A divestiture can also have an indirect impact on employees and managers who aren’t involved in the transaction. Uncertainty about the parent company’s future could cause talent to consider other opportunities. The board should confirm that management has a comprehensive communications plan for the entire deal cycle.

Transition services agreement

In some divestitures, a transition service agreement (TSA) requires the seller of a business to provide certain services and support for a certain period after the deal closes.

Divestitures can be tricky to pull off, particularly when essential services and infrastructure are shared across multiple business units. In those cases, a TSA is important to help ensure business continuity while the new company establishes its own internal capabilities or transitions to a third-party vendor.

A TSA may require the seller to provide services for the business that is being divested for a period of time following the transaction. These services might include finance and accounting, human resources (HR), legal, information technology (IT), procurement, or others.

The cost of a TSA can affect the overall transaction value, and should be estimated during early divestiture planning. These costs could affect negotiations between the buyer and seller, as well as the purchase price or cost of the TSA.

Post-transaction risks

In some divestitures, accounting, legal, tax, IT, or other important services may not go with the subsidiary, leaving the parent with more employees or capacity than it needs. The parent company will have to determine how to deal with the resulting stranded costs or overhead. The board should discuss with management how those costs will be managed.

The board should also understand whether the divestiture process could make the company vulnerable to competitors. With highly visible and/or complex separations, other companies could see an opportunity to disrupt customer relationships and grab market share. Management should explain to the board how the company is prepared to handle any such attacks and how they will provide business as usual for customers.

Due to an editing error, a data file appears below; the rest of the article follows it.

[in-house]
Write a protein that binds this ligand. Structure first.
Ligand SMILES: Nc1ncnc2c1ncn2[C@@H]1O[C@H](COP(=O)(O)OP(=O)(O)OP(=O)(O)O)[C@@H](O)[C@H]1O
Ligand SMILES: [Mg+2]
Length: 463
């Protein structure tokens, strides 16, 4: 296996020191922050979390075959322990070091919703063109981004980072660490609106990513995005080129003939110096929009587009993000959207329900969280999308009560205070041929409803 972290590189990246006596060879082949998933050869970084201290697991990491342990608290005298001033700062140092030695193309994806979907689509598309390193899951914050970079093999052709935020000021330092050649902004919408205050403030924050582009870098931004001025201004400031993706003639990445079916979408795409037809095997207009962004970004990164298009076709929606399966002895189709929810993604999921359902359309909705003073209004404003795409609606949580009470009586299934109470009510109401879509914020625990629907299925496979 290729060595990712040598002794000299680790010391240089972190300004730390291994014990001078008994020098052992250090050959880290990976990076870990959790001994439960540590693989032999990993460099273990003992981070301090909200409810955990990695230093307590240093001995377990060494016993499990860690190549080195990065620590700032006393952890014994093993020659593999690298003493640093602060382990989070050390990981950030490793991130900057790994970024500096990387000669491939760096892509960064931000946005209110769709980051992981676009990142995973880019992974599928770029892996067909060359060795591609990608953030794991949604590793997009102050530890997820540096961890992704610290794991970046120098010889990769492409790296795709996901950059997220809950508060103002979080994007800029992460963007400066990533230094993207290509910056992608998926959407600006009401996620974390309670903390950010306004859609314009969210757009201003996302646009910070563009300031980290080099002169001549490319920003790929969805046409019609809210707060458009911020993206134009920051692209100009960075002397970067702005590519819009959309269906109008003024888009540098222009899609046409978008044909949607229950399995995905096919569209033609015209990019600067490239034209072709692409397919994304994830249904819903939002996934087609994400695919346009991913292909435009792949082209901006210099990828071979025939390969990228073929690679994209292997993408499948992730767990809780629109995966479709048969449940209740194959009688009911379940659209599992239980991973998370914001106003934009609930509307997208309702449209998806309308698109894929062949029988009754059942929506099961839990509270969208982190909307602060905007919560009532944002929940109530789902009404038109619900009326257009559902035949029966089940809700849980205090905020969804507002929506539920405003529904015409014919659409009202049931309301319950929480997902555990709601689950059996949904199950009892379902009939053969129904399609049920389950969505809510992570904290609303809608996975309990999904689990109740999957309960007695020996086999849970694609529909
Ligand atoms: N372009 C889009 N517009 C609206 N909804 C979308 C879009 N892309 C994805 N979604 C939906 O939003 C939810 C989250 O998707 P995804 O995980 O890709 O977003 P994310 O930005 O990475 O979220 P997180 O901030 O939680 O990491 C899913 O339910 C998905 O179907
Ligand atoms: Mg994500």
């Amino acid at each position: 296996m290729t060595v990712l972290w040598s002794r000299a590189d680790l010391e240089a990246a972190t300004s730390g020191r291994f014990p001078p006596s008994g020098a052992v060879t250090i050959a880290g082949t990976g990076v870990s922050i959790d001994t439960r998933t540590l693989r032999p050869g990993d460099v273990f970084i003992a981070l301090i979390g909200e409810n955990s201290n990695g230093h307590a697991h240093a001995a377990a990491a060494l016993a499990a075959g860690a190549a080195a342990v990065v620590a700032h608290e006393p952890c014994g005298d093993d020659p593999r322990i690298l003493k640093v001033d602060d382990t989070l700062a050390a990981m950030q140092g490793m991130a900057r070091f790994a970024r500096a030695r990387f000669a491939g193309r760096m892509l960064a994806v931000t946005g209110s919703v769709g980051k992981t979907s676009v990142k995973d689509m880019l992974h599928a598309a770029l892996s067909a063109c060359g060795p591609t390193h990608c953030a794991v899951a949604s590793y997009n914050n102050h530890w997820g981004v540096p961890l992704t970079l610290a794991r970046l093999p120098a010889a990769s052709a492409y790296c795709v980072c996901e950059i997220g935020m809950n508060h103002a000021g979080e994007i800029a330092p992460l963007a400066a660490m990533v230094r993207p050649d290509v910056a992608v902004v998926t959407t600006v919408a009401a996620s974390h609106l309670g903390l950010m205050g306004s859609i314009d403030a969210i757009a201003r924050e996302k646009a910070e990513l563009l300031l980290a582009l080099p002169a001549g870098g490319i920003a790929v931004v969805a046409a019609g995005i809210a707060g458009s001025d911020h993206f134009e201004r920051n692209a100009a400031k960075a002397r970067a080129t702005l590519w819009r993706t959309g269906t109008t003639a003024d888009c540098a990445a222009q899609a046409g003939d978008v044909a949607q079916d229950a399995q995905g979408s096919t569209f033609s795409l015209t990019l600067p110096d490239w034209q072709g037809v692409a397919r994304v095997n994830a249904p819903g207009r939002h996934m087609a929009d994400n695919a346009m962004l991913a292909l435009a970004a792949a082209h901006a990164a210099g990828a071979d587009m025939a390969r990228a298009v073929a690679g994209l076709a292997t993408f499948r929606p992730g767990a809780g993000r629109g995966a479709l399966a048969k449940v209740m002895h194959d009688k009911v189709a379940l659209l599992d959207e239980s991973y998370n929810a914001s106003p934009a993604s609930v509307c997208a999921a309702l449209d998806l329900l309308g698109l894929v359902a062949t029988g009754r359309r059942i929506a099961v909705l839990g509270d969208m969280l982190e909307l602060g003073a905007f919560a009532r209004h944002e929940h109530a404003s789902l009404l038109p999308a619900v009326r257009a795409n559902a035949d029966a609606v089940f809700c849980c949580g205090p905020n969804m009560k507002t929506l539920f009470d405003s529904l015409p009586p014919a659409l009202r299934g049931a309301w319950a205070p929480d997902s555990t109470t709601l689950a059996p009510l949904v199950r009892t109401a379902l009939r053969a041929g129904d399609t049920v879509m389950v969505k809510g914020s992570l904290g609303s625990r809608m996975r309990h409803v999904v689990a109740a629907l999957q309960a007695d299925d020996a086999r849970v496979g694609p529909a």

Alliances and joint ventures

Strategic alliances and JVs hold a unique place in the deal universe. Unlike an acquisition that adds a business or a divestiture that eliminates one, an alliance or joint venture allows two or more companies to pursue a shared goal while continuing to operate the other parts of their businesses independently. When considering an alliance or JV, the board should know the broader deal landscape, including market trends and recent actions by competitors, and understand how the move fits into their broader portfolio strategy.

An alliance or JV may make sense when a company faces regulatory restrictions, is dealing with market uncertainty, or wants access to specific distribution channels or intellectual property. These types of deals allow the parties to share costs, and may provide access to technology or entry to a new region or industry. For an alliance or JV to move a company forward, the benefits should be apparent at the outset.

Goals and governance

By identifying and pursuing common goals, partners can jointly develop a compelling business case for the alliance or JV. Partners should agree on how performance toward those goals will be measured and monitored, and establish interim goals along the way. It’s essential to be clear on the strategic, operational, organizational, and financial metrics, how frequently they’ll be tracked and reported, and how adjustments will be made. Monitoring should begin on day one, with the agreed upon metrics closely tracked and shared as scheduled with the appropriate people.

Companies planning an alliance or JV also need to establish clear, appropriate governance for the entity up front. Boards may express particular interest in the selection of the JV leadership— not only its board, but also the CEO and key management appointments. In some cases, it may make sense for a director from each partner company to sit on the board of the JV.

Appropriate communication and consultation throughout the process will improve the odds of success. While the partners in an alliance or JV still control their own operations, sharing resources and risks requires a lot of information-sharing and trust. Sometimes an alliance or JV can be more complex and require more collaboration and upfront planning than an acquisition.